Moving on, global investment holding company Starfleet Innotech, Inc. (FIO) partners with a start-up manufacturing additive construction equipment and technologies Luyten in a exclusive deal to enter the $19 million global 3D printing construction market whole. Leading wellness tourism brand Moraya leads SFIO’s real estate division, and Luyten will now play an important role in furthering its mission of wellness through innovation. Under this strategic partnership, the startup will provide the materials and construction machinery needed to develop SFIO’s real estate developments in the Philippines – where many of Moraya’s developments will go – to build a more equitable and sustainable future for community living. . SIFO will have exclusive distribution rights for Luyten’s 3D printing systems in the Philippines and plans to sell at least 50 units of concrete 3D printers to other organizations and developers within the next year. Another result of the partnership will be the construction of 500 low-cost housing units across the Philippines over the next two years.

“Our partnership with Luyten stems from our commitment to investing in the future of the industries in which we operate. By joining Moraya’s divisional ecosystem, Luyten will play a key role as a catalyst for our various real estate initiatives. Their affordable and sustainable offerings will allow us to build exciting projects that champion both the new communities we hope to build, as well as the existing communities we hope to serve,” said Starfleet Innotech CEO Jeths Lacson.

LiSEC uses 3D printing to advance its glass processing

A 3D printed bending test bench on the S2

Finally, an all-in-one provider of flat glass processing and finishing solutions LiSEC uses 3D printing to produce its machines, including components, prototypes and spare parts. Last year, the Austrian-based company invested in a Sintratec S2 Selective Laser Sintering (SLS) 3D Printerwith its best surface condition, in order to meet the increasing demands of the company’s factory. The company uses the S2 almost daily to print production parts and medium-sized prototypes from PA12; one example is a bend test rig, which is used to measure the force required to deform an aluminum frame. Benjamin Kaubeck, who leads the apprentice workshop at LiSEC headquarters, and his team of trainers are convinced that the industrial 3D printing solution is a great idea.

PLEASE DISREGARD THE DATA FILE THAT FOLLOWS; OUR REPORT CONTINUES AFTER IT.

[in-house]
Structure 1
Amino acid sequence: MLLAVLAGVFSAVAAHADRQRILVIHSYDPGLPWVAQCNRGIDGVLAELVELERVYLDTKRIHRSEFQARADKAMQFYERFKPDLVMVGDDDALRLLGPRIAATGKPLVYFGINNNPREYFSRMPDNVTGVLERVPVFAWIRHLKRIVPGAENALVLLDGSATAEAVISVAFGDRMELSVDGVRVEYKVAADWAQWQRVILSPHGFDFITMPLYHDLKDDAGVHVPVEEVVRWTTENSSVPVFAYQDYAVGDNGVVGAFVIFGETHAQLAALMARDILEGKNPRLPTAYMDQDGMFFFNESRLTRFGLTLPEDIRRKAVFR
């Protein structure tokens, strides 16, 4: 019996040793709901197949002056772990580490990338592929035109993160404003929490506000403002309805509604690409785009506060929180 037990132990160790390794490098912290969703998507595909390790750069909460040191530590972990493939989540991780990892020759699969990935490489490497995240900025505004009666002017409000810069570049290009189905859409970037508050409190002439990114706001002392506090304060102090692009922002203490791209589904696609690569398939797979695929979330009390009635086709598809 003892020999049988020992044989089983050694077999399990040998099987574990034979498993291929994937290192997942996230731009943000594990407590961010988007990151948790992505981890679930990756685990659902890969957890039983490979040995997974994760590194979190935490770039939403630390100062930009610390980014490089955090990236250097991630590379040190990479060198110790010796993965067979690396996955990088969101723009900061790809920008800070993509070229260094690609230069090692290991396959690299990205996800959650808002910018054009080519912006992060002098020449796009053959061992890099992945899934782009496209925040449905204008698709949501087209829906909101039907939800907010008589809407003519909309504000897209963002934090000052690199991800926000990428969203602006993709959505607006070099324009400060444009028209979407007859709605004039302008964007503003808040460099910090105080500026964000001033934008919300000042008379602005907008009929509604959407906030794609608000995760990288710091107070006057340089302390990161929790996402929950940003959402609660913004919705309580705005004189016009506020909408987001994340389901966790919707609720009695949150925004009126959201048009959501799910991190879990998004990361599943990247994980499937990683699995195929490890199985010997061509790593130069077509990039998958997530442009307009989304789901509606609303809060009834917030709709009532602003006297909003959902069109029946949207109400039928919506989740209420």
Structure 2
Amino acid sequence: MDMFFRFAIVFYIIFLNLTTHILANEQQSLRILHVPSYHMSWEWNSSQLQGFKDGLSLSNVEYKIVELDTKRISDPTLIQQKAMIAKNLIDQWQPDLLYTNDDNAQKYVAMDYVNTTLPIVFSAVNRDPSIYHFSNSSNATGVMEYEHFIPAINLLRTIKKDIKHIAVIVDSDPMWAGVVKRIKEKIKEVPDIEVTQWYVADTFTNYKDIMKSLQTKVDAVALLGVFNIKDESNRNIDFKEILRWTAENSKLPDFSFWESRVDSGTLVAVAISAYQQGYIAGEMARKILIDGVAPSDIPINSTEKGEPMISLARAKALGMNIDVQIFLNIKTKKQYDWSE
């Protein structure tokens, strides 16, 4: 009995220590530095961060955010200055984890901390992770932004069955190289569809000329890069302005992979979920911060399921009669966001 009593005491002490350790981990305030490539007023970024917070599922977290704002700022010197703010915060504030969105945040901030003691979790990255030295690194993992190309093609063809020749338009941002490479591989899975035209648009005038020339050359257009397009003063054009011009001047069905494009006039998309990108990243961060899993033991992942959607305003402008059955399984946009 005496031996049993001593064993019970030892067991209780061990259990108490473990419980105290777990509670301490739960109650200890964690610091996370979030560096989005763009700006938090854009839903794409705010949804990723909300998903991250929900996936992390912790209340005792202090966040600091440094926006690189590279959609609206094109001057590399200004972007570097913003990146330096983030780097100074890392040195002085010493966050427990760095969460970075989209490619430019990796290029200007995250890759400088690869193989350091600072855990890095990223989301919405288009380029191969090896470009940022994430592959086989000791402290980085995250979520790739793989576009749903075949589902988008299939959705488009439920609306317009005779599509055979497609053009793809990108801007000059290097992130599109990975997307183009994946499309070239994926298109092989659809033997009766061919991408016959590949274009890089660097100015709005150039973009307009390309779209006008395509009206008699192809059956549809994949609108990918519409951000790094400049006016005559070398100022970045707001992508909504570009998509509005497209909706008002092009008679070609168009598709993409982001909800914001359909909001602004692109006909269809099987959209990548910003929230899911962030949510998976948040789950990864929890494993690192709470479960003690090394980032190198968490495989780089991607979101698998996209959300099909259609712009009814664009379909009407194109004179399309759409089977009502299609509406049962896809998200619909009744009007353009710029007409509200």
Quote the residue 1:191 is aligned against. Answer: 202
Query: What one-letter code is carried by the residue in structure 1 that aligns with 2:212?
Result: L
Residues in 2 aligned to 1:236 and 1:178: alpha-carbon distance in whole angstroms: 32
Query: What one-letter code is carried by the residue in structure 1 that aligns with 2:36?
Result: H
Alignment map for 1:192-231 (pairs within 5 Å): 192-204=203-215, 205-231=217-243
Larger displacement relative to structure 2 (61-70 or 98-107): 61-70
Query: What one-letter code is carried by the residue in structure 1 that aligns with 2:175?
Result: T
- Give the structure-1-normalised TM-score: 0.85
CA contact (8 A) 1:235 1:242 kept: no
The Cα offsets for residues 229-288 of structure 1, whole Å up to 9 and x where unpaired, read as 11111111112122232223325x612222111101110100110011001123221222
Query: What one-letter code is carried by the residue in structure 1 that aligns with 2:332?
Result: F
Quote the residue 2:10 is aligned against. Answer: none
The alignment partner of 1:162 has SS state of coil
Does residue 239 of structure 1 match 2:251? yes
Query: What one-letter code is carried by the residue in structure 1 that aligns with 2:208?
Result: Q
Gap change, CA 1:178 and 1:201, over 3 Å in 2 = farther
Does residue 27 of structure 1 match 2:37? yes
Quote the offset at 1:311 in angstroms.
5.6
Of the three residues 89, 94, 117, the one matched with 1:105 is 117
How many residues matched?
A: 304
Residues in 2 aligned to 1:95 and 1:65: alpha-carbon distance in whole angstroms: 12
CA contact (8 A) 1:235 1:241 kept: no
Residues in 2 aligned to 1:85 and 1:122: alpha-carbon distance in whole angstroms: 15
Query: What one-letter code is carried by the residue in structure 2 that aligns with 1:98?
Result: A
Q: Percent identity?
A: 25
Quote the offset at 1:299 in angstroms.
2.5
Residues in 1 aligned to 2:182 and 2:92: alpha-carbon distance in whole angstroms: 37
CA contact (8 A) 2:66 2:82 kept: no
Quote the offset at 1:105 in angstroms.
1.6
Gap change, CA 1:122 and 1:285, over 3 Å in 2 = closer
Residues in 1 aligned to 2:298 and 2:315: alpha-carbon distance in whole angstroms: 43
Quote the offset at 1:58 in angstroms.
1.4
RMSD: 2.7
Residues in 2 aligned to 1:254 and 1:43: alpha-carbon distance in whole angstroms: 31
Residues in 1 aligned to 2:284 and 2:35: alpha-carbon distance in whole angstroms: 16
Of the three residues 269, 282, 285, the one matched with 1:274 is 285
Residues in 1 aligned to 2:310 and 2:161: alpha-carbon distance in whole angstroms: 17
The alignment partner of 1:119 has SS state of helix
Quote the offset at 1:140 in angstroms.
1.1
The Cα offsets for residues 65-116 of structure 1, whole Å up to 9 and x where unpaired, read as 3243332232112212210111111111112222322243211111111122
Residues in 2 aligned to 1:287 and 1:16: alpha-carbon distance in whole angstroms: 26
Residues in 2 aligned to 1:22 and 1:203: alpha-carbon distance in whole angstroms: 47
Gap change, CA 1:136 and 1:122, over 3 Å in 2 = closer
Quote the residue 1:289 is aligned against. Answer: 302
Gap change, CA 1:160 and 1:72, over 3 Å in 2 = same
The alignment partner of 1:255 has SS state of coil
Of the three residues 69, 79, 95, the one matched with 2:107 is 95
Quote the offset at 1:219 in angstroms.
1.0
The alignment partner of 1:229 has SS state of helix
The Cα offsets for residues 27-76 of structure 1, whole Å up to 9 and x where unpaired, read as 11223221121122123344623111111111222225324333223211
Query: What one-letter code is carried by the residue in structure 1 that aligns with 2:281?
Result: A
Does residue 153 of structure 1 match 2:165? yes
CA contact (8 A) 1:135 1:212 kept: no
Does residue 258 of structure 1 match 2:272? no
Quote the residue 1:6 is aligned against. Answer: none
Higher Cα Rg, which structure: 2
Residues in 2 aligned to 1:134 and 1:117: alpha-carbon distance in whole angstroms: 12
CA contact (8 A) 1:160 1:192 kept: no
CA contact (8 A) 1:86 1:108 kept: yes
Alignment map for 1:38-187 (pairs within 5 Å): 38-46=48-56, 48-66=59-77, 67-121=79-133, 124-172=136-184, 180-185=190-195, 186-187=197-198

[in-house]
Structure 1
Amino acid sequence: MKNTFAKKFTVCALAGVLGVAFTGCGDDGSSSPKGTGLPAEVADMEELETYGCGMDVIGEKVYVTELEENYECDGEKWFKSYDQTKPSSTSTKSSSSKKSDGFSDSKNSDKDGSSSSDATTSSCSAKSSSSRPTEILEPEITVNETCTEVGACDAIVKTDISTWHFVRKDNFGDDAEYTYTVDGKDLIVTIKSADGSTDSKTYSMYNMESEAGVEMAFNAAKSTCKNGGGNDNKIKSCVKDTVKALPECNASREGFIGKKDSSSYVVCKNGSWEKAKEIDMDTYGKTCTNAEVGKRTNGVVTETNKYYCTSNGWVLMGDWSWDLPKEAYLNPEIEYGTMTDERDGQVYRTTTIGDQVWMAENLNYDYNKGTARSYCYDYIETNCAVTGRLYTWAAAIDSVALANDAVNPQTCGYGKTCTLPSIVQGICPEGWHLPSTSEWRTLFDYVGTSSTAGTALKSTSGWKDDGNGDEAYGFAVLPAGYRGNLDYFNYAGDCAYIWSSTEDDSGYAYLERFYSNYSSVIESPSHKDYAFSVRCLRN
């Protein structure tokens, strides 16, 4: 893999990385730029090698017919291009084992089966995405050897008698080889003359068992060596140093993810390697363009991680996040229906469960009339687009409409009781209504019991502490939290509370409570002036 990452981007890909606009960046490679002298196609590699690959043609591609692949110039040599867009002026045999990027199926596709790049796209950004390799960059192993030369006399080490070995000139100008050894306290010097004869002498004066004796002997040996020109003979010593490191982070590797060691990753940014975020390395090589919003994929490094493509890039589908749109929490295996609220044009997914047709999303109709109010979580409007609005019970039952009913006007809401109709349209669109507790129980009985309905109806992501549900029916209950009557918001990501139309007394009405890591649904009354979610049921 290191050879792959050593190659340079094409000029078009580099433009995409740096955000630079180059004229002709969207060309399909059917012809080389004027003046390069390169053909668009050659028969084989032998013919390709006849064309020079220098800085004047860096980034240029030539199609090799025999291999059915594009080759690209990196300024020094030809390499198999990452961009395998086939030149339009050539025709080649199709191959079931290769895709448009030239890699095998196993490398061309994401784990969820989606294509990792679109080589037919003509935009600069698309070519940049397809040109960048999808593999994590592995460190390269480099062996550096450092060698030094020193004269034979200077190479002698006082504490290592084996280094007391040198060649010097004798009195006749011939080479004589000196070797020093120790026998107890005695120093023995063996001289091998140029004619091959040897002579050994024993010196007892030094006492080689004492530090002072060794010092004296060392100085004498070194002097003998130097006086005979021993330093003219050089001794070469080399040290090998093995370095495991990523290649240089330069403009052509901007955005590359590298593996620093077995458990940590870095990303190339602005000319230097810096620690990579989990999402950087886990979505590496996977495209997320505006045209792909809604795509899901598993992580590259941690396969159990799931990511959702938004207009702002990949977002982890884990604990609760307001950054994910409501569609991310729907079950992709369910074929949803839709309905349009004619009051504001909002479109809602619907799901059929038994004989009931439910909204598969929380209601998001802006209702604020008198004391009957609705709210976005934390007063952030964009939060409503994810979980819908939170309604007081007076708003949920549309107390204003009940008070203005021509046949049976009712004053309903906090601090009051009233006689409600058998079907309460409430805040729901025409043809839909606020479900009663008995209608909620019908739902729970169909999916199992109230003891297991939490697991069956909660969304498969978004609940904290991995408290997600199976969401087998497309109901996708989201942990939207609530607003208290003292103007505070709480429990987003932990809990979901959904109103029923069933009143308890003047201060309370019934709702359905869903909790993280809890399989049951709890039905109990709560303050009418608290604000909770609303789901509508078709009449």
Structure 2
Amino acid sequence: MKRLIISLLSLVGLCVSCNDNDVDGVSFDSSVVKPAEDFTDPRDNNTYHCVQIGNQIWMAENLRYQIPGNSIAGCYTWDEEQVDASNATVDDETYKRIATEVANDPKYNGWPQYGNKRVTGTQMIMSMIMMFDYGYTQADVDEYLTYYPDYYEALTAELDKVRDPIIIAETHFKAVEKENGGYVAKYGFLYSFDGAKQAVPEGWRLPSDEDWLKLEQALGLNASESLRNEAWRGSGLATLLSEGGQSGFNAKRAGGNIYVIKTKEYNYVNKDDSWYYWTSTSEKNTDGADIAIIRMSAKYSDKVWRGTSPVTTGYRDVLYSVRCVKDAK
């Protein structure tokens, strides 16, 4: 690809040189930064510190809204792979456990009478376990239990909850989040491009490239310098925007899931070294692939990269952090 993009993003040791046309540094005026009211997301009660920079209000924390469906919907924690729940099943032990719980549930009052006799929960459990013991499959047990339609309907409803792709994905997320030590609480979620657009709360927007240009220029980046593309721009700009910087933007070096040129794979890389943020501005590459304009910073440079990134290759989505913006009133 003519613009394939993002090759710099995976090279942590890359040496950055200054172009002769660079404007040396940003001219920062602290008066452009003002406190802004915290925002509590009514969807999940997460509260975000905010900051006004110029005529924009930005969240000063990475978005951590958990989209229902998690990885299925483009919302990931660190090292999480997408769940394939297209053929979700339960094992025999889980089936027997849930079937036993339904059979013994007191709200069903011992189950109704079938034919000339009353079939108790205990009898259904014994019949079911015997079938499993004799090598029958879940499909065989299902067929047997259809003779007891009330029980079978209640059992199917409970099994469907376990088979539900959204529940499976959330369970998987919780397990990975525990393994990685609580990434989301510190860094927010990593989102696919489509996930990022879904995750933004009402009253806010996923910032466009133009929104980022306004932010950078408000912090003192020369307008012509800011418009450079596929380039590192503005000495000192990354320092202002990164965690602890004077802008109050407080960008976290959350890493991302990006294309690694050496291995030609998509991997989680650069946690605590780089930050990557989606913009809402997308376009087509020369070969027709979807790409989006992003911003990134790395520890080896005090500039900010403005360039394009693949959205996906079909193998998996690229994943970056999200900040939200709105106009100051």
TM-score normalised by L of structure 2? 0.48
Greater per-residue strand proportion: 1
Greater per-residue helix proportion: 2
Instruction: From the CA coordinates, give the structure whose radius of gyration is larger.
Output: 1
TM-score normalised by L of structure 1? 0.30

Kaubeck said, “Our vision is to stay at the forefront of technology with the training of apprentices and to establish a department with always new technologies.

“With the SLS process, we produce a lot of spare parts, which allows us to support our customers faster – and that is our main objective.

“We are positively surprised by the Sintratec technology and very enthusiastic about the cylindrical build volume as well as the maneuverability of the machine.”